Since the incident, the Quezon City government had imposed stricter rules in issuing building permits. Issuing the permits, which used to be the task of the Office of the City Engineer, is now the task of the Office of the Building Official. City officials regulary inspect buildings to make sure rules and regulations are being followed.


Several documentaries for TV have been made on the tragedy, among them “Alaala ng Ozone,” the pilot episode of GMA Channel 7 show Case Unclosed.

A song by the band Pupil, entitled “Disconnection Notice,” is rumored to be inspired by the tragedy. Apart from the word “disconnection” sung in the song as “disco-nnection,” another indication was the second stanza of the song, which goes:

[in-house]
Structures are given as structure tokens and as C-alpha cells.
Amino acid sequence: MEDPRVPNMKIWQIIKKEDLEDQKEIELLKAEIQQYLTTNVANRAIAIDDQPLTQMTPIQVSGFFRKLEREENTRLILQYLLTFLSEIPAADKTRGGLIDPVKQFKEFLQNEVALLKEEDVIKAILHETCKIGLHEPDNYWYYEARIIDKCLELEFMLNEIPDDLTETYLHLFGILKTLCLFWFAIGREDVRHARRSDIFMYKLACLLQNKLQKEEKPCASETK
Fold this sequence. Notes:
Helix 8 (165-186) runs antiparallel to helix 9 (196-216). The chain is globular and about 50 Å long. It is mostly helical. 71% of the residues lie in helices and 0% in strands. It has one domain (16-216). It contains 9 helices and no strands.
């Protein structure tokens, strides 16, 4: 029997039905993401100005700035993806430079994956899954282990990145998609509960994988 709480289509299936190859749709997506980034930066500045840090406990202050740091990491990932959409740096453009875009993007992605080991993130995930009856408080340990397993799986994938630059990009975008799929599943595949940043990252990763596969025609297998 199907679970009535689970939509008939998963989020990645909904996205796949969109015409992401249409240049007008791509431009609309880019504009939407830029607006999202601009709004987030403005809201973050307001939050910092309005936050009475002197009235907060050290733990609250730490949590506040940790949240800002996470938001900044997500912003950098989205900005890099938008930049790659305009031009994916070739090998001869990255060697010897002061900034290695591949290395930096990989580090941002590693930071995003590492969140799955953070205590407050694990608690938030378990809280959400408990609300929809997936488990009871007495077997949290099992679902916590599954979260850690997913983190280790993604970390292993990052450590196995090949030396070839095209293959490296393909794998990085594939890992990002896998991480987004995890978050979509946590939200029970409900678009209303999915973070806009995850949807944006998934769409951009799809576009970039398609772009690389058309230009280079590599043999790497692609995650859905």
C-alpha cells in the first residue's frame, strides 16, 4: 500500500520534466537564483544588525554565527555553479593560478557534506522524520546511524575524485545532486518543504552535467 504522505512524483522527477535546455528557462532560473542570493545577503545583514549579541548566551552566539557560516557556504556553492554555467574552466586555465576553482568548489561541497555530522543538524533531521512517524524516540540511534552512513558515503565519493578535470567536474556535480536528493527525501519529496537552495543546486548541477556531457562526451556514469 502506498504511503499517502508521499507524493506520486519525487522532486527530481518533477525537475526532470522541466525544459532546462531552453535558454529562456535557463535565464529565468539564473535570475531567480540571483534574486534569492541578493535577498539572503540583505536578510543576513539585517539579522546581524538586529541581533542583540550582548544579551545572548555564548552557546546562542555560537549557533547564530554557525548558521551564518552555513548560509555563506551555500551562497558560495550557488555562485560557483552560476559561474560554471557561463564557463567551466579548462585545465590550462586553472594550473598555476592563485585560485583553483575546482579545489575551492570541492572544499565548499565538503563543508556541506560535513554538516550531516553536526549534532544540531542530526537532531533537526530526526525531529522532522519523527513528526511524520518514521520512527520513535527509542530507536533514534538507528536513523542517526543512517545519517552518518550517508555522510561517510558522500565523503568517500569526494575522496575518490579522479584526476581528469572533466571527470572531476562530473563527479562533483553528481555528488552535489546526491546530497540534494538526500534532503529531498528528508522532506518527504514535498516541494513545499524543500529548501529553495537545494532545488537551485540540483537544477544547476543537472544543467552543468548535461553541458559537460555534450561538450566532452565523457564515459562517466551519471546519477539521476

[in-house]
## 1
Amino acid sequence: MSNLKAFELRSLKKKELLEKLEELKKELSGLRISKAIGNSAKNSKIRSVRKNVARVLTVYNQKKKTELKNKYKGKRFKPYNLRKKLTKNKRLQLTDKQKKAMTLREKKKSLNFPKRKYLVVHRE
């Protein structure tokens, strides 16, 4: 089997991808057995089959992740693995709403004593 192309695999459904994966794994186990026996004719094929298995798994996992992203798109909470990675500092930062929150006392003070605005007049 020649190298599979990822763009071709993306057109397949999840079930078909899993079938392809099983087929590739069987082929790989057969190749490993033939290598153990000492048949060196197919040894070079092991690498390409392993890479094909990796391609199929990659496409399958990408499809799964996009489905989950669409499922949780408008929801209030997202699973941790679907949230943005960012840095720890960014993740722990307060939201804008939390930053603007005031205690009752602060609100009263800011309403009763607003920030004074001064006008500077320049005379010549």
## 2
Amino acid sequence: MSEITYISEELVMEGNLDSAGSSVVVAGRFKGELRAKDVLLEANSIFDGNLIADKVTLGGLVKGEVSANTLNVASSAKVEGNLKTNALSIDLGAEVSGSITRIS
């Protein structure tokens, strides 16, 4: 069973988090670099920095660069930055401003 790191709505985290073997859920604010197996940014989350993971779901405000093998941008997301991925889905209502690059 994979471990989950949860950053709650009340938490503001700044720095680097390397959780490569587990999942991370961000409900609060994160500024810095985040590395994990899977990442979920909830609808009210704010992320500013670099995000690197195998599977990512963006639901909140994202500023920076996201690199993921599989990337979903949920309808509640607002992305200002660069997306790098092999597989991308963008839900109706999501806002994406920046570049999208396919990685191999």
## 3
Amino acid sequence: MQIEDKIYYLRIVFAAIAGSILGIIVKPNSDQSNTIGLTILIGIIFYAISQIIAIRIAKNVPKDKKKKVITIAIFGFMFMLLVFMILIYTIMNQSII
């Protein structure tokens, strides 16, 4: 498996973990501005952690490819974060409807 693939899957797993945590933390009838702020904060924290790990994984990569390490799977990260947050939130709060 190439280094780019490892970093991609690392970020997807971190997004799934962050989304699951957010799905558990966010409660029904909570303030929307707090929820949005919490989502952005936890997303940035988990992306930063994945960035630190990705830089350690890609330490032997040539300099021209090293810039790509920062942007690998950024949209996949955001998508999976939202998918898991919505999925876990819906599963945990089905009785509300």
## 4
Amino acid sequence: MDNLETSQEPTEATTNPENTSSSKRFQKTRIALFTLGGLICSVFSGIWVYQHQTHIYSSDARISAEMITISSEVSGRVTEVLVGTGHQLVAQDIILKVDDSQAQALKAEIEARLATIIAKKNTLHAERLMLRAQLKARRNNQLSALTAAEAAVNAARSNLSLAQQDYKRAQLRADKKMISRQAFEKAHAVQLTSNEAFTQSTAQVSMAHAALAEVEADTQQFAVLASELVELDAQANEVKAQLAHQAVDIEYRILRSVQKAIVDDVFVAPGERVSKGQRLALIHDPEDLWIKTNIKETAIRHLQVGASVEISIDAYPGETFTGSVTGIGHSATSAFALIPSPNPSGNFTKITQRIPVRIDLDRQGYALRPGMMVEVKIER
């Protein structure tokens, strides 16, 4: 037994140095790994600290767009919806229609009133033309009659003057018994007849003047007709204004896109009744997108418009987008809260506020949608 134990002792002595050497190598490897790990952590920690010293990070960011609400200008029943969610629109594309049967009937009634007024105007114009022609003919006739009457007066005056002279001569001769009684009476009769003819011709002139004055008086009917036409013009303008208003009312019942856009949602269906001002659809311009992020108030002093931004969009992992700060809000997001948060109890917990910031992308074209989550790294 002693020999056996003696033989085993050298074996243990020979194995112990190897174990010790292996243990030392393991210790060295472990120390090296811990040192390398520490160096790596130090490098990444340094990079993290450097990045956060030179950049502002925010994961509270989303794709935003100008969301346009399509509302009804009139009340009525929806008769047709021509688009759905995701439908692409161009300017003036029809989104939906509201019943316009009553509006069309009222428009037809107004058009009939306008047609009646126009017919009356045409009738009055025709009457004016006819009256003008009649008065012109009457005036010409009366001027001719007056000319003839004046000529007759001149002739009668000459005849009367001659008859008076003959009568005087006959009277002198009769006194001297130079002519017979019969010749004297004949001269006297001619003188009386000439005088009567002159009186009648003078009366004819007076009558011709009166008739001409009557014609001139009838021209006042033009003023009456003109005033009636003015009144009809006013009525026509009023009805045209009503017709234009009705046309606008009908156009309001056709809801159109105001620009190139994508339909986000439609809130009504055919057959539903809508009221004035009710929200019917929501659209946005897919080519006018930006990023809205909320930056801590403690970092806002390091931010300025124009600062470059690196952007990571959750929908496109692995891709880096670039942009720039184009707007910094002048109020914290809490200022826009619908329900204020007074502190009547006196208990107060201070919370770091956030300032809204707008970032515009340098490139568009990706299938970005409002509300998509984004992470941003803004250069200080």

Dressed so swell
They're dancing at the gates of hell
'Cause there's nowhere to go
There's nowhere to go

Paranormal Activity

Due to the horrific nature of the event, numerous instances of paranormal activity in the area have been reported. Nearby tenants have reportedly seen faint dancing silhouettes as well as hearing disco music coming from the venue in the evening. The place has also been visited several times by the Spirit Questors at the request of the JOVFI.

Another chilling coincidence was pointed out by writer Frank Cimatu in his blog Pine for Pine. A write-up for the Ozone Disco, published in the Philippine Daily Inquirer in October 1993, says that one of the disco's main weekender events was called “I.T.S. At Ozone.” “I.T.S” was an acronym for “Incidentally Trapped on Sunday,” an eerie foreshadowing of the fire that would happen three years later.